March 18, 2009

Aji no Nanban-zuke

aji no nanban-zuke
"Nanban-zuke"(nanbanzuke) is a type of marinated dish.
It is made by marinating deep-fried fish ( or meat ) into vinegared sauce.

"Aji" means Japanese horse mackerel.
It is rich in DHA and EPA, it is a healthy food.

Cut filleted aji into around two bite size.
Coat them with wheat flour slightly, and deep-fry them.
marinate deep-fried aji into sauce which is made by mixing vinegar, soy sauce, sugar, dashi-soup, and red pepper.


Ayie said...

A hearty meal!

Iria said...

I'm trying to cook this but with salmon, I didn't find the right way to marinate the fried fish yet.. but I'll find the perfect combination someday! :D

shitamachi-boi said...

In essence this is a wonderful dish.

The way it's usually done, bite-sized pieces of fish (in Japan they use whole smelts, but here trout, salmon, etc. are best) fillets are dredged lightly in flour or flour/cornstarch mixture, then deep-fried in flavourless oil (canola, etc.). DON'T overfry them. They should be barely done, or they'll toughen as they marinate.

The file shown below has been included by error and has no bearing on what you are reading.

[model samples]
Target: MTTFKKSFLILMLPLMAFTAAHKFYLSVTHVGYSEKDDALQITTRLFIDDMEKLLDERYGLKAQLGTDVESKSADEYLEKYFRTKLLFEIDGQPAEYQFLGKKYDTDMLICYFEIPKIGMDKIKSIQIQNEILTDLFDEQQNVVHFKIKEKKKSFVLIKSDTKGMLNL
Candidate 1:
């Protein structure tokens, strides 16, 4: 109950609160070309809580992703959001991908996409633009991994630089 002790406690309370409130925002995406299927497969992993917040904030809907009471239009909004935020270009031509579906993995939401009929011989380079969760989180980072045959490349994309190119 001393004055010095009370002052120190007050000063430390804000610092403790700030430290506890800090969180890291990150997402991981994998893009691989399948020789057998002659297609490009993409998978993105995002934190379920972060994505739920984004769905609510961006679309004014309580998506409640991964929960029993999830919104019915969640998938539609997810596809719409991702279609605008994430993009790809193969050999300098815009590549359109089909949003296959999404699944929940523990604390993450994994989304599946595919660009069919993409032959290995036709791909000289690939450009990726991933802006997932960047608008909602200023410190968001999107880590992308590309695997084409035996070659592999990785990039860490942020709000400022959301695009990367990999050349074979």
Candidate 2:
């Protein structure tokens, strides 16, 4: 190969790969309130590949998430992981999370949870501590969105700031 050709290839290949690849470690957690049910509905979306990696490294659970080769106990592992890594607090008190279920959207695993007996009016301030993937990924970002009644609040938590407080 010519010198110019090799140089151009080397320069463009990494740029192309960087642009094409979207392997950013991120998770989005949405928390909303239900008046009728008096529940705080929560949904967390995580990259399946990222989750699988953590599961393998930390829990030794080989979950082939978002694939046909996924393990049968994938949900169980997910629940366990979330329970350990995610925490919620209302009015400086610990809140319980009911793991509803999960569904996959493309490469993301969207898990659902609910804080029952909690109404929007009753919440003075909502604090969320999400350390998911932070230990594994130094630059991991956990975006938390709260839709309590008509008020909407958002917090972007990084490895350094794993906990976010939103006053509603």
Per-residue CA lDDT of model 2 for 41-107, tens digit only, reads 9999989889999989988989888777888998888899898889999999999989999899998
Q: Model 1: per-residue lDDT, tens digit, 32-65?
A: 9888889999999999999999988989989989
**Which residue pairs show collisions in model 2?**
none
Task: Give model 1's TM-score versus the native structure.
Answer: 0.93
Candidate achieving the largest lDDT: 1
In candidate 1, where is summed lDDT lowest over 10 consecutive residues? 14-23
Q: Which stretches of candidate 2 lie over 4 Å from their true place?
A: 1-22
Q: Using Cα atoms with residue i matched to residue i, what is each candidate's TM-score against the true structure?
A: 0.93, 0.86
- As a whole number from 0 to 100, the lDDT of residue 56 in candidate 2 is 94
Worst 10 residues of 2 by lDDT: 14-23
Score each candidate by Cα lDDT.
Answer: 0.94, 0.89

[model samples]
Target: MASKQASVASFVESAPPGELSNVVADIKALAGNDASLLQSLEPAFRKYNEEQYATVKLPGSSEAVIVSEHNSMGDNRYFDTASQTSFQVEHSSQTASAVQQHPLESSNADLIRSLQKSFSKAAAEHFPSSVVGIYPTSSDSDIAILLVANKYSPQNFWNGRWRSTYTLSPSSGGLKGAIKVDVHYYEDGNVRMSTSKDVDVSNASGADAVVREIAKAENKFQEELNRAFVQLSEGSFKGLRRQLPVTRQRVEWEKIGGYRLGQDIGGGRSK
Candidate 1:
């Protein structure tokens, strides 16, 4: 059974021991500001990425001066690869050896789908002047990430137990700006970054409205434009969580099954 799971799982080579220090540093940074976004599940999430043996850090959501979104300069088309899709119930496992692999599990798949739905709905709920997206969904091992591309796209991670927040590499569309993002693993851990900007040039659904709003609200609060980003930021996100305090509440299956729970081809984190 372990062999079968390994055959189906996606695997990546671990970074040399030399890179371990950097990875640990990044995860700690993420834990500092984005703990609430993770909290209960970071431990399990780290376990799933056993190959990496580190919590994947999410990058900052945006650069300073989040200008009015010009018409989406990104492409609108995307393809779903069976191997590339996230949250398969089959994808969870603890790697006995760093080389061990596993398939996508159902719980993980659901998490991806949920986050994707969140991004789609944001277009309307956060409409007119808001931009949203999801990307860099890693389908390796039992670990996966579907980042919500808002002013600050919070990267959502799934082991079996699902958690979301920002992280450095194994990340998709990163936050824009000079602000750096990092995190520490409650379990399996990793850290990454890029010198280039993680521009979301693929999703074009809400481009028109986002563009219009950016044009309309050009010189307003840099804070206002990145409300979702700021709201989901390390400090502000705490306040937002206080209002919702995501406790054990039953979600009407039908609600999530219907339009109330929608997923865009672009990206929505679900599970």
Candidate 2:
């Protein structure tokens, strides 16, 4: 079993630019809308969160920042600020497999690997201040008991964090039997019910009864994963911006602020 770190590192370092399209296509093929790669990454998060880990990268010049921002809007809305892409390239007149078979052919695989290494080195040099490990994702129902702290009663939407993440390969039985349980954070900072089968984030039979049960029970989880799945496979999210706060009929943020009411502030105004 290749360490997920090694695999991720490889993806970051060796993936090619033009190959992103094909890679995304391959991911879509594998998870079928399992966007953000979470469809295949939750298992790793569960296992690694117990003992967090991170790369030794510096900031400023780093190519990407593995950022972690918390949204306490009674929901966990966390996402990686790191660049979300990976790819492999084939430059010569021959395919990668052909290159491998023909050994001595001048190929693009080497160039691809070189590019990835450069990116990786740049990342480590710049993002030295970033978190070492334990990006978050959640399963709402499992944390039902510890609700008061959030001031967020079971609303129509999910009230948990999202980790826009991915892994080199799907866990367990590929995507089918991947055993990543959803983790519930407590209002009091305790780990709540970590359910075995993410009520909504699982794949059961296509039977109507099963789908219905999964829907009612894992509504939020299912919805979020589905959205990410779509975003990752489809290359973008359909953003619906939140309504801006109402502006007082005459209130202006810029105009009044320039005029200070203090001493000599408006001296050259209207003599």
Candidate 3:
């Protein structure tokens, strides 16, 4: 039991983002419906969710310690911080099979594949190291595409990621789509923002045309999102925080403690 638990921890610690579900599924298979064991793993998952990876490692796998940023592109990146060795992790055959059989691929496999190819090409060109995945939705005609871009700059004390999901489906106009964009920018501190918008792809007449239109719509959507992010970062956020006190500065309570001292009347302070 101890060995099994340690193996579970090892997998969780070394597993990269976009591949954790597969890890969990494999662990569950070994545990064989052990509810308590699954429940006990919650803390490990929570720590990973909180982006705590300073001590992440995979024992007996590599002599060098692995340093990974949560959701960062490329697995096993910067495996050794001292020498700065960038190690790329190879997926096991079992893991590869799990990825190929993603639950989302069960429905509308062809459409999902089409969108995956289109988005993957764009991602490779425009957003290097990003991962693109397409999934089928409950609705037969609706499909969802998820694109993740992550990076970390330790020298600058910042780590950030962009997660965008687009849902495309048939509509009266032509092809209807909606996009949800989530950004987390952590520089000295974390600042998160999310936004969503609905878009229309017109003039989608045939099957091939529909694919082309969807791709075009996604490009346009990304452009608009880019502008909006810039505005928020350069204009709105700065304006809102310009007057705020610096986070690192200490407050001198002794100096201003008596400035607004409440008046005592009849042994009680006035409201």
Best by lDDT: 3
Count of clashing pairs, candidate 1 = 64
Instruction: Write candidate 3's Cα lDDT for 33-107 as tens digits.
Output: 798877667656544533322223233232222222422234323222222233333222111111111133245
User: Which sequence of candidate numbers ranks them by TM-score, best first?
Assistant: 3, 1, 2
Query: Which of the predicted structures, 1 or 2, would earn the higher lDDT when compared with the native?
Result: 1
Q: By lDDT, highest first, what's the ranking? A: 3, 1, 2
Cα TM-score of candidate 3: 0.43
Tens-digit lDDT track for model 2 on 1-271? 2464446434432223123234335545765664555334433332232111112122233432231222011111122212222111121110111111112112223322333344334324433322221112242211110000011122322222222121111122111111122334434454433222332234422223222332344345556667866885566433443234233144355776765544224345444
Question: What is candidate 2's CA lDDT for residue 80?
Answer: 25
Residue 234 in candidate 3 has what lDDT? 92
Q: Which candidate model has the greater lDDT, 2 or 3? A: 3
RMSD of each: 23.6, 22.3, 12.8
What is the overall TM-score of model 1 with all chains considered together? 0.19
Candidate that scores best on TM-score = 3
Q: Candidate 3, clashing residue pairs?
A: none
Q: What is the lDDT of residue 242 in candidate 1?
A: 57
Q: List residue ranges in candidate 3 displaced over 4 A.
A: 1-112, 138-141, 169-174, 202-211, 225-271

Slice an onion or two very, very thinly using a mandoline-type tool to get them extra-thin. Rinse out the onion slices in cold (ice) water for an hour. Drain & put the onion and fish in layers in a non-reactive container. Heat the following: 1 c. Japanese rice vinegar, 1/4 c. sugar, 1 tsp. Kosher salt, and either 1 T. 'Dashi-no-moto' (powdered Japanese fish stock) gently just until the sugar/salt dissolves. Add 2 T. (preferably LIGHT-'usukuchi') Japanese soy sauce. Pour gently over the fish/onion layers. Slice a small, dried chile into paper-thin rings and distribute it in the marinade, or even use 1/4 tsp. Japanese 'togarashi' powder. Marinate for 12-24 hours in the fridge. The longer the fish marinates, the tougher the texture gets, though, so don't marinate it too long. Garnish with very finely sliced scallions or chives. said...
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